In Emergency: Break Class

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We sent the students home today
And then wrote off the year
Agreeing we would all downplay
Their panic and our fear.
The younger ones all whooped and cheered
As soon as they were told
Then out the door they disappeared
To watch events unfold.
The seniors nervously dispersed
First, shell-shocked, then resigned
This endgame they had not rehearsed
Would leave some friends behind.
Worse still, I had no lesson plan
No academic text
No clever quote from some wise man
To say what might come next.

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I struggled with this year’s goodbyes
But didn’t let it show
Instead I joked and signed their ties
And let them call me Bro!
Throughout the revelry we knew
The world was not the same
Our balanced lives were now askew
And we were not to blame.
But you can’t keep a good kid down
When they’re up for the fight
And as I watched them rally round
I knew they’d be alright.
The proof came when I reached my car
That’s when my vision blurred
In foam they’d written Au revoir!
Then What’s the French for NERD???
Mr Ormsby

Dirty Harry

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Old King Henry had six wives
Whose days were full of dread
For most of them led tragic lives
Then often wound up dead.
Catherine of Aragon
To whom he first proposed
Could not produce a princely son
So he said Adios!
Then Anne Boleyn, closer to home
Demanded that they wed
So Henry cut off ties with Rome
And then cut off her head.
Poor Jane Seymour was the one
Who finally played her part
When she, at last, produced a son
But died, which broke his heart.
Anne of Cleves, the next one booked
Was royal, young and wealthy
The problem was she didn’t look
Quite like her latest selfie.
Catherine Howard, it was said
No man had ever dated
But rumours spread after they’d wed
So was decapitated.
Catherine Parr, a lively sort
Who wielded her own power
Helped organise his kids and court
Once she’d escaped The Tower.

All Henry wanted was a son
A prince whom he could teach
To rule his people when he’d gone
But this was out of reach.
The irony which overwhelms
This patriarchal scene?
He gave to England and its realms
Perhaps their greatest queen
Because Young Bess, put to the test
Excelled in her employ
And showed the world it takes a girl
To do it like a boy.
Mr Ormsby

Fair Game

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“I’m being sued by the Catholic Church again,” Laverne announced, while reorganising her purse.
“I have no words for that.”
“How unlike you,” she mused.
“Hold on, I thought you were working on a piece about the East African Lion,” I suddenly remembered.
“Turns out all they do is sleep. My son can do that.”
“Have you ever been to Africa? I haven’t.”
“Yeah, with my sister for her fortieth. We went on safari in Malawi.”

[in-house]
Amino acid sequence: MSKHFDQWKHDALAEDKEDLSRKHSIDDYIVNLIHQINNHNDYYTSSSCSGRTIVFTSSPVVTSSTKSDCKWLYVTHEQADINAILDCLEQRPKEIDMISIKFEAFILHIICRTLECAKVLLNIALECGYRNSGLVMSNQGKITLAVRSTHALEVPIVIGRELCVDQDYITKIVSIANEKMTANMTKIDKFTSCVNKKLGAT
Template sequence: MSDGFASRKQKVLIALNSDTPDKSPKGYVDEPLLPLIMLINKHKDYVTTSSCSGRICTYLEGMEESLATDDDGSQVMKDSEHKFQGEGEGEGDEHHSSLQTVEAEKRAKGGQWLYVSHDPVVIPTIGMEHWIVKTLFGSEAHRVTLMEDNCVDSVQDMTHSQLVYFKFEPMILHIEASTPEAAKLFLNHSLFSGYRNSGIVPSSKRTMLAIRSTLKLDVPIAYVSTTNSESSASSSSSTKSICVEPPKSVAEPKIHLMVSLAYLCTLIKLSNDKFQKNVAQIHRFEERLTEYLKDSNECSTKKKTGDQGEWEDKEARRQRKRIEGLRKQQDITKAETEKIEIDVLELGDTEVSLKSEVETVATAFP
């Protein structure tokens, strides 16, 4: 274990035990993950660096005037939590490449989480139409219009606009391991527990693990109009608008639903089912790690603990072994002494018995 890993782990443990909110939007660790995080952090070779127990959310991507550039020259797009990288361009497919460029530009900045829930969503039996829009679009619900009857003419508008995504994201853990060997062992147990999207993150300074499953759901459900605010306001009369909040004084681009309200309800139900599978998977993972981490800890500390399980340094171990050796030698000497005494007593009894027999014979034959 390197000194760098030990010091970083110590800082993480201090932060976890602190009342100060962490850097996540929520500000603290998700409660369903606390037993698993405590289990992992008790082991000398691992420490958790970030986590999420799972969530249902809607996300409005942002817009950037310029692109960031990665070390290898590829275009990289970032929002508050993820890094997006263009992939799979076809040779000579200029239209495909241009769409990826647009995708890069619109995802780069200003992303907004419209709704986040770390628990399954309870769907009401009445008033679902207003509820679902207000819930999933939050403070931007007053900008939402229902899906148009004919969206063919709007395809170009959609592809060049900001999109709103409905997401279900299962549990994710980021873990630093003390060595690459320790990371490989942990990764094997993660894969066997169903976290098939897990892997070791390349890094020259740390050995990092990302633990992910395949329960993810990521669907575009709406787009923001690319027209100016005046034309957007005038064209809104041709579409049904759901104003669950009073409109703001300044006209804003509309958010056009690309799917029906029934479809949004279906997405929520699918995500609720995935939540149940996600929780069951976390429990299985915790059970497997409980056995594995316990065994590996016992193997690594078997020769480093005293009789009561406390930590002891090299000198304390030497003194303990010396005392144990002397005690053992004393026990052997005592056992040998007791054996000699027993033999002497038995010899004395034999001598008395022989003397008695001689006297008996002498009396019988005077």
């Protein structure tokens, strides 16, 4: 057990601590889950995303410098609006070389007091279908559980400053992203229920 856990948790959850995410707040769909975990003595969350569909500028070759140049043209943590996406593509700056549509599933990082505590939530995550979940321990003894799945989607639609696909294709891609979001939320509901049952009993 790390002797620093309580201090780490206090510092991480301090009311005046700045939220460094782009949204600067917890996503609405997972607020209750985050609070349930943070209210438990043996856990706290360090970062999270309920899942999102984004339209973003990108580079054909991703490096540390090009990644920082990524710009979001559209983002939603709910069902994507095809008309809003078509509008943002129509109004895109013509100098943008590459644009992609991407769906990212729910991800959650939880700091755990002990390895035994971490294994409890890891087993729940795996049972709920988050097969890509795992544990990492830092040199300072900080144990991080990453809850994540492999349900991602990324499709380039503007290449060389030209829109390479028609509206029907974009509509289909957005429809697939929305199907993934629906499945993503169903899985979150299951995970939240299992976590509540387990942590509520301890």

“So is that where …“
“… my people come from?” Laverne zipped her purse and placed it on the chair next to her. “Couldn’t tell you; the furthest back I’ve been able to trace my roots is to The Shirelles.”
“Ha, ha. Very funny. I was actually going to ask if that’s where your sister went with the Peace Corps.”
“Oops, sorry,” she giggled. “No, that was Mozambique.”
“I’d like to ask you another question though. When you were there did you feel any connection to it?”

“Well now, funny you should ask that,” she became more pensive, “because I expected to feel African from the moment I arrived but the whole time we were there I felt like just another tourist. People are people wherever you go so, yes, we had that in common. Culturally, however, I struggled to make a connection and that bothered me. I think maybe we’ve been gone too long.”
“I felt the same when I met my Scottish relatives for the first time,” I concurred. “We shared the same name, same sense of humour and some even look liked me but culturally we were raised in two very different worlds.”
“Not even close!” Laverne screamed with laughter. “Honestly, are you kidding me with that? Your parents emigrated using Air Miles!”

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“But their journey to The New World was horrific; first, they ran out of headphones and then they gave my mum’s gluten-free meal to someone else,” I grinned. “Anyway, cut me some slack – you’re my only ethnic friend.”
“Hey, I’m your only friend. I’ve got more in common with those lions than I do with you.”
“How so?”
“They don’t like to cook either.”
“And we have our connection!” I declared, triumphantly.
“Okay, but back to this business with the Church,” she lowered her voice, “it’s over a certain someone I told you about at Christmas.”
“Is this the same someone with the thing?”
“Yup.”
“And are you telling me they’ve now found the thing?”
“Oh yeah, they found it alright,” she confirmed.
“Was it on him?”
“No, up him.”
“Whoa!” I leaned back in my chair. “And the monkey?”
“Still missing,” she arched an eyebrow.